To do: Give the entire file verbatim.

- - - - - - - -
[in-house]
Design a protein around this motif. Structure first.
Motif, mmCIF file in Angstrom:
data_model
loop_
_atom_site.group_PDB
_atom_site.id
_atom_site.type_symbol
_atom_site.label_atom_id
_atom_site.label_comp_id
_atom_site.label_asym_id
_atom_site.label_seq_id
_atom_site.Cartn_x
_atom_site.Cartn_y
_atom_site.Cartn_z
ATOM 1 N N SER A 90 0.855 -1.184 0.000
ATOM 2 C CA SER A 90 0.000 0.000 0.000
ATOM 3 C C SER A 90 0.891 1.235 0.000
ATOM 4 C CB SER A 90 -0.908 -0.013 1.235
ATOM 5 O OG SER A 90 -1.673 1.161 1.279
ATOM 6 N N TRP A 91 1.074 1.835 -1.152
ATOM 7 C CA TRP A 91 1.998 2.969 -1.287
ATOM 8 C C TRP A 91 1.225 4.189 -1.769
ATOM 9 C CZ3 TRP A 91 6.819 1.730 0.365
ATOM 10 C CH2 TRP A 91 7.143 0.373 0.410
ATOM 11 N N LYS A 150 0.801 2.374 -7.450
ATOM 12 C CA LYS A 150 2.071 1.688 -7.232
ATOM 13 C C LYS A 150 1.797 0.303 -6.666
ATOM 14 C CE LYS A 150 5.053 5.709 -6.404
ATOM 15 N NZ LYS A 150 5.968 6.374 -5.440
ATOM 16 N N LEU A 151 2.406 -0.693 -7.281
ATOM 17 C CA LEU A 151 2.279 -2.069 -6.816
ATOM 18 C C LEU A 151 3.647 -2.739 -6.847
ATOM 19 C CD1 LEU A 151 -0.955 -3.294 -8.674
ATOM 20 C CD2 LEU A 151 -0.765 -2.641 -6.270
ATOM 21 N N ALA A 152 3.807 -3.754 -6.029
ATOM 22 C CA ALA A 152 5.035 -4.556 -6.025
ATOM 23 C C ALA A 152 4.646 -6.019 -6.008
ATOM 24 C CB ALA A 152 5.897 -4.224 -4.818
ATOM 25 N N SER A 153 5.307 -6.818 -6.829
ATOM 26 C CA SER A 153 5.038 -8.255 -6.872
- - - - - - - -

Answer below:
[in-house]
Design a protein around this motif. Structure first.
Motif, mmCIF file in Angstrom:
data_model
loop_
_atom_site.group_PDB
_atom_site.id
_atom_site.type_symbol
_atom_site.label_atom_id
_atom_site.label_comp_id
_atom_site.label_asym_id
_atom_site.label_seq_id
_atom_site.Cartn_x
_atom_site.Cartn_y
_atom_site.Cartn_z
ATOM 1 N N SER A 90 0.855 -1.184 0.000
ATOM 2 C CA SER A 90 0.000 0.000 0.000
ATOM 3 C C SER A 90 0.891 1.235 0.000
ATOM 4 C CB SER A 90 -0.908 -0.013 1.235
ATOM 5 O OG SER A 90 -1.673 1.161 1.279
ATOM 6 N N TRP A 91 1.074 1.835 -1.152
ATOM 7 C CA TRP A 91 1.998 2.969 -1.287
ATOM 8 C C TRP A 91 1.225 4.189 -1.769
ATOM 9 C CZ3 TRP A 91 6.819 1.730 0.365
ATOM 10 C CH2 TRP A 91 7.143 0.373 0.410
ATOM 11 N N LYS A 150 0.801 2.374 -7.450
ATOM 12 C CA LYS A 150 2.071 1.688 -7.232
ATOM 13 C C LYS A 150 1.797 0.303 -6.666
ATOM 14 C CE LYS A 150 5.053 5.709 -6.404
ATOM 15 N NZ LYS A 150 5.968 6.374 -5.440
ATOM 16 N N LEU A 151 2.406 -0.693 -7.281
ATOM 17 C CA LEU A 151 2.279 -2.069 -6.816
ATOM 18 C C LEU A 151 3.647 -2.739 -6.847
ATOM 19 C CD1 LEU A 151 -0.955 -3.294 -8.674
ATOM 20 C CD2 LEU A 151 -0.765 -2.641 -6.270
ATOM 21 N N ALA A 152 3.807 -3.754 -6.029
ATOM 22 C CA ALA A 152 5.035 -4.556 -6.025
ATOM 23 C C ALA A 152 4.646 -6.019 -6.008
ATOM 24 C CB ALA A 152 5.897 -4.224 -4.818
ATOM 25 N N SER A 153 5.307 -6.818 -6.829
ATOM 26 C CA SER A 153 5.038 -8.255 -6.872